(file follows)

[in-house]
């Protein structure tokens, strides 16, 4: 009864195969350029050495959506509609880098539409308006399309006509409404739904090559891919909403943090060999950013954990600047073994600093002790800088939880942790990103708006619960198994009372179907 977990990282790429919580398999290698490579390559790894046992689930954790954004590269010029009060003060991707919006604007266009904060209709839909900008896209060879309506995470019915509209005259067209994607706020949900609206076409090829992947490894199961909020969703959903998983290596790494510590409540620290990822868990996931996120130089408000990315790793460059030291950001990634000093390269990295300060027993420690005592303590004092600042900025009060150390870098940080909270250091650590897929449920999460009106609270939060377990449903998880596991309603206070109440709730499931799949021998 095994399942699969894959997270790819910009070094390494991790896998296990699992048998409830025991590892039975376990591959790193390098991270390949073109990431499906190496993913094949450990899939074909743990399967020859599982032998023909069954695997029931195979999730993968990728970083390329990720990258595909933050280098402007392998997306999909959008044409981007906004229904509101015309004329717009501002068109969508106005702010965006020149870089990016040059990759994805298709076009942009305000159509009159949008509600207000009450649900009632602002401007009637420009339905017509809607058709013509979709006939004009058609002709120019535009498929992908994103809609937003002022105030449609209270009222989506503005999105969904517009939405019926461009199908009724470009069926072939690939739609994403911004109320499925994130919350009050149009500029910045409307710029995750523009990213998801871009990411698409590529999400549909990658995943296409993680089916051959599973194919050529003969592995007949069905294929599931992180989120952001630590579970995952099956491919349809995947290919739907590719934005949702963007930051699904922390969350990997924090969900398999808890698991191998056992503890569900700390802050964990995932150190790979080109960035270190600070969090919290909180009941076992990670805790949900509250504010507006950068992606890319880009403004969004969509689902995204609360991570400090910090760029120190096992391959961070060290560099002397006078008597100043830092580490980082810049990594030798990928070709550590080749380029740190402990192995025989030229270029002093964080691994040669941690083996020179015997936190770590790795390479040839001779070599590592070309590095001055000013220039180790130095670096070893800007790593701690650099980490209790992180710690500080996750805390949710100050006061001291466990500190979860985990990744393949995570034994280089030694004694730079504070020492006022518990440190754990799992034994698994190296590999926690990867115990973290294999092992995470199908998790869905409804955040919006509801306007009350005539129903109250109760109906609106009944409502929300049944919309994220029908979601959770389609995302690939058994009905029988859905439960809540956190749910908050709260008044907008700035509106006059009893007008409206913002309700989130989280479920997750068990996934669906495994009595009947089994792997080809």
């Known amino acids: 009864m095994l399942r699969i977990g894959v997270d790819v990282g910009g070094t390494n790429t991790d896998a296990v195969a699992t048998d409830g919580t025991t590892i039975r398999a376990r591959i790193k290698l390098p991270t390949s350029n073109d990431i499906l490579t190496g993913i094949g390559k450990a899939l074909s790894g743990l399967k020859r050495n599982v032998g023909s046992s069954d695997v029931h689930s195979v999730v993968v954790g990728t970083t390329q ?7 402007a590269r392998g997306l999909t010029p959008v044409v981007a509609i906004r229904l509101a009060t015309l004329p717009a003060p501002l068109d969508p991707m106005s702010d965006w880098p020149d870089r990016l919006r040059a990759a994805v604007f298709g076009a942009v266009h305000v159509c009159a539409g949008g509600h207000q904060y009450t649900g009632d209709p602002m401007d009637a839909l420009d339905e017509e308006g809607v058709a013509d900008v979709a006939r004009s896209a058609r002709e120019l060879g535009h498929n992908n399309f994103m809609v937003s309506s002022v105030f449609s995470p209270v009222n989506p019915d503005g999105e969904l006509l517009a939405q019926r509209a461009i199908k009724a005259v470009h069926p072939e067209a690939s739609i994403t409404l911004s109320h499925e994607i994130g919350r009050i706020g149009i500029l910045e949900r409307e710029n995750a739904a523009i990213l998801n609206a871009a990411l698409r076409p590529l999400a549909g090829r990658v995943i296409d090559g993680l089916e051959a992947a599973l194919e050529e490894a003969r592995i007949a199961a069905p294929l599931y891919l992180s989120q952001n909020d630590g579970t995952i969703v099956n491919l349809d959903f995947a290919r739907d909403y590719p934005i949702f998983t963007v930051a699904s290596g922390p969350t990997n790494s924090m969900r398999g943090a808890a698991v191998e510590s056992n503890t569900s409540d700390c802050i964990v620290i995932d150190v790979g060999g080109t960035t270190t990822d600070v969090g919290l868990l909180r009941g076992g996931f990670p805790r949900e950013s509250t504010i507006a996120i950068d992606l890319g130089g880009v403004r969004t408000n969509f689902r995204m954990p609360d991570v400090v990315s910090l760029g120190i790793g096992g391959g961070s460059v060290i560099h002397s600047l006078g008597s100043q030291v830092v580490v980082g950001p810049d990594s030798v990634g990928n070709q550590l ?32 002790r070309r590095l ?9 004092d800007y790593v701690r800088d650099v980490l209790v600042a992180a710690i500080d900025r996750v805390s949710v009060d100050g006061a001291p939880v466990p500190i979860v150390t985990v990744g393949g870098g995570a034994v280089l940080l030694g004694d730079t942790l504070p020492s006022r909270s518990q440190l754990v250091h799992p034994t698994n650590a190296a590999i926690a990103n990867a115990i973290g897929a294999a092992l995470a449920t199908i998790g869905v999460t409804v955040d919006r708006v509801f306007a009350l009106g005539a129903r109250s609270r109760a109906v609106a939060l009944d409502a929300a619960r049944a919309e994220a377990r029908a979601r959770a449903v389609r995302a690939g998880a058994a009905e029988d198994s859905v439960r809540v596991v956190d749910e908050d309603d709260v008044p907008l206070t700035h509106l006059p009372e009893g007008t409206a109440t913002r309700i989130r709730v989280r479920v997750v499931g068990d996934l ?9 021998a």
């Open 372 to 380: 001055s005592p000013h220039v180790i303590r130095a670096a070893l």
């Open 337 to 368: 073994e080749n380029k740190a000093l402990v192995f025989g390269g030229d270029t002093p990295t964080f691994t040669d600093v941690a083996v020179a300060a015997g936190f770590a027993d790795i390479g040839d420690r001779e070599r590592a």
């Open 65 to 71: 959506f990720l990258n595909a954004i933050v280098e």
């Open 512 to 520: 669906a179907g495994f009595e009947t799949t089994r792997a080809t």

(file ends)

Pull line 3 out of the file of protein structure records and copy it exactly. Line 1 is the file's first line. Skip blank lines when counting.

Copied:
């Known amino acids: 009864m095994l399942r699969i977990g894959v997270d790819v990282g910009g070094t390494n790429t991790d896998a296990v195969a699992t048998d409830g919580t025991t590892i039975r398999a376990r591959i790193k290698l390098p991270t390949s350029n073109d990431i499906l490579t190496g993913i094949g390559k450990a899939l074909s790894g743990l399967k020859r050495n599982v032998g023909s046992s069954d695997v029931h689930s195979v999730v993968v954790g990728t970083t390329q ?7 402007a590269r392998g997306l999909t010029p959008v044409v981007a509609i906004r229904l509101a009060t015309l004329p717009a003060p501002l068109d969508p991707m106005s702010d965006w880098p020149d870089r990016l919006r040059a990759a994805v604007f298709g076009a942009v266009h305000v159509c009159a539409g949008g509600h207000q904060y009450t649900g009632d209709p602002m401007d009637a839909l420009d339905e017509e308006g809607v058709a013509d900008v979709a006939r004009s896209a058609r002709e120019l060879g535009h498929n992908n399309f994103m809609v937003s309506s002022v105030f449609s995470p209270v009222n989506p019915d503005g999105e969904l006509l517009a939405q019926r509209a461009i199908k009724a005259v470009h069926p072939e067209a690939s739609i994403t409404l911004s109320h499925e994607i994130g919350r009050i706020g149009i500029l910045e949900r409307e710029n995750a739904a523009i990213l998801n609206a871009a990411l698409r076409p590529l999400a549909g090829r990658v995943i296409d090559g993680l089916e051959a992947a599973l194919e050529e490894a003969r592995i007949a199961a069905p294929l599931y891919l992180s989120q952001n909020d630590g579970t995952i969703v099956n491919l349809d959903f995947a290919r739907d909403y590719p934005i949702f998983t963007v930051a699904s290596g922390p969350t990997n790494s924090m969900r398999g943090a808890a698991v191998e510590s056992n503890t569900s409540d700390c802050i964990v620290i995932d150190v790979g060999g080109t960035t270190t990822d600070v969090g919290l868990l909180r009941g076992g996931f990670p805790r949900e950013s509250t504010i507006a996120i950068d992606l890319g130089g880009v403004r969004t408000n969509f689902r995204m954990p609360d991570v400090v990315s910090l760029g120190i790793g096992g391959g961070s460059v060290i560099h002397s600047l006078g008597s100043q030291v830092v580490v980082g950001p810049d990594s030798v990634g990928n070709q550590l ?32 002790r070309r590095l ?9 004092d800007y790593v701690r800088d650099v980490l209790v600042a992180a710690i500080d900025r996750v805390s949710v009060d100050g006061a001291p939880v466990p500190i979860v150390t985990v990744g393949g870098g995570a034994v280089l940080l030694g004694d730079t942790l504070p020492s006022r909270s518990q440190l754990v250091h799992p034994t698994n650590a190296a590999i926690a990103n990867a115990i973290g897929a294999a092992l995470a449920t199908i998790g869905v999460t409804v955040d919006r708006v509801f306007a009350l009106g005539a129903r109250s609270r109760a109906v609106a939060l009944d409502a929300a619960r049944a919309e994220a377990r029908a979601r959770a449903v389609r995302a690939g998880a058994a009905e029988d198994s859905v439960r809540v596991v956190d749910e908050d309603d709260v008044p907008l206070t700035h509106l006059p009372e009893g007008t409206a109440t913002r309700i989130r709730v989280r479920v997750v499931g068990d996934l ?9 021998a």